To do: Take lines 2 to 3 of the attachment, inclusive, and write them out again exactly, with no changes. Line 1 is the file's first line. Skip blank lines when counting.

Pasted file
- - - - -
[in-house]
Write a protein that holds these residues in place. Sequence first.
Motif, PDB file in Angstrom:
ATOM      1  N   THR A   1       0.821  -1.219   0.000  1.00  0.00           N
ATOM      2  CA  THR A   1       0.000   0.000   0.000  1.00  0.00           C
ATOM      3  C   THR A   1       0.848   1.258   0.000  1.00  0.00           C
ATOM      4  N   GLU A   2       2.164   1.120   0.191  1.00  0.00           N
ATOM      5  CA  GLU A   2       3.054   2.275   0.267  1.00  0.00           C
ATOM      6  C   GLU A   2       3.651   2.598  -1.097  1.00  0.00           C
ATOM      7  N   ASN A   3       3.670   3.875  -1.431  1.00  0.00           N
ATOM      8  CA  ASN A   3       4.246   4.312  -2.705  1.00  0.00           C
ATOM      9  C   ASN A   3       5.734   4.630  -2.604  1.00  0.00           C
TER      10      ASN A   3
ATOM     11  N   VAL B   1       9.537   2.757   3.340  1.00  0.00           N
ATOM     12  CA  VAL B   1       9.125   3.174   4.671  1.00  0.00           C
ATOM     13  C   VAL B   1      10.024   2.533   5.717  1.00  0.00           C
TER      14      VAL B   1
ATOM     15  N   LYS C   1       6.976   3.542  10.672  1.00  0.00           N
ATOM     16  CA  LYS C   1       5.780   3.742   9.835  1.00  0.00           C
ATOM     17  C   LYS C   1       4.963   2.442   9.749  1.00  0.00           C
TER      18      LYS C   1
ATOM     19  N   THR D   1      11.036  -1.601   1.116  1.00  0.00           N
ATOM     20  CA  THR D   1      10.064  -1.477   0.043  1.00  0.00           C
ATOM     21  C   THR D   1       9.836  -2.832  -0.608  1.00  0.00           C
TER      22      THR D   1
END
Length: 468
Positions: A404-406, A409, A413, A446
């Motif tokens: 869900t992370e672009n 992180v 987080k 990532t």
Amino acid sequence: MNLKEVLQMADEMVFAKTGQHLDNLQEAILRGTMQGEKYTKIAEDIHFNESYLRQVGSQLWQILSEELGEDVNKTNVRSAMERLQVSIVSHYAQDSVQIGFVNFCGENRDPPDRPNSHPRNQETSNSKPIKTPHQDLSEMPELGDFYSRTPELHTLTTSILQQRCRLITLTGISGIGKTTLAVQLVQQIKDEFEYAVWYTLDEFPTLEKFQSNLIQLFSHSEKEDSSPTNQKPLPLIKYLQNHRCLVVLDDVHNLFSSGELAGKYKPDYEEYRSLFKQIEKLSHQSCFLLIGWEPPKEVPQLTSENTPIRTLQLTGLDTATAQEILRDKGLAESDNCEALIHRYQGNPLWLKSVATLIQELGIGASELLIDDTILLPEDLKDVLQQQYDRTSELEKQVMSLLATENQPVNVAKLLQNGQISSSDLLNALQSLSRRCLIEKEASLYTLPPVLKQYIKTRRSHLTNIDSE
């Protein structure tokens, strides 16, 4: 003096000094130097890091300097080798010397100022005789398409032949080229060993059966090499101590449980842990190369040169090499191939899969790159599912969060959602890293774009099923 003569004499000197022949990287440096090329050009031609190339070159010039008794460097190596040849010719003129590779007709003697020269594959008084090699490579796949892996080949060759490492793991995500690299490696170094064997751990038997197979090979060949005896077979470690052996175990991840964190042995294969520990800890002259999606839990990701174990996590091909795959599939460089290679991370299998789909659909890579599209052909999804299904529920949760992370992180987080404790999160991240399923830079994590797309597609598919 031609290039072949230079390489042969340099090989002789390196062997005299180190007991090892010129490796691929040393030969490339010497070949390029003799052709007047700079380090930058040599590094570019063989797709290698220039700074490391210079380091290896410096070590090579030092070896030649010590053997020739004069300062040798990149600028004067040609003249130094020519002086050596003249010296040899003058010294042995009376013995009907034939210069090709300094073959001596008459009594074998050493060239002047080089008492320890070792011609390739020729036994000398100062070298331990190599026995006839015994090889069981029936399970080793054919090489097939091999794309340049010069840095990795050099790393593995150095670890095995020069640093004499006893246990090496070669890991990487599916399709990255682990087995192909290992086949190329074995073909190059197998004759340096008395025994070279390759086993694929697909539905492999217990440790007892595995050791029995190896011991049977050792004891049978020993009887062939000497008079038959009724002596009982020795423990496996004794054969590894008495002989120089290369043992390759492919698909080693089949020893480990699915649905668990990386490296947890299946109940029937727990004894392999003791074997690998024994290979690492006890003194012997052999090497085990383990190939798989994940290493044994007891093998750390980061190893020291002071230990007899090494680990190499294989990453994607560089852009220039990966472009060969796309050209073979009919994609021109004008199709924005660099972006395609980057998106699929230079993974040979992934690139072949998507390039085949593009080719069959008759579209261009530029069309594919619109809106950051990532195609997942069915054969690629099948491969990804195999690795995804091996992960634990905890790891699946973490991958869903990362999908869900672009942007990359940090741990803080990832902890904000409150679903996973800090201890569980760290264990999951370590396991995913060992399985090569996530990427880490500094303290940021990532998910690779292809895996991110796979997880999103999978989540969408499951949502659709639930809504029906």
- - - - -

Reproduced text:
Write a protein that holds these residues in place. Sequence first.
Motif, PDB file in Angstrom: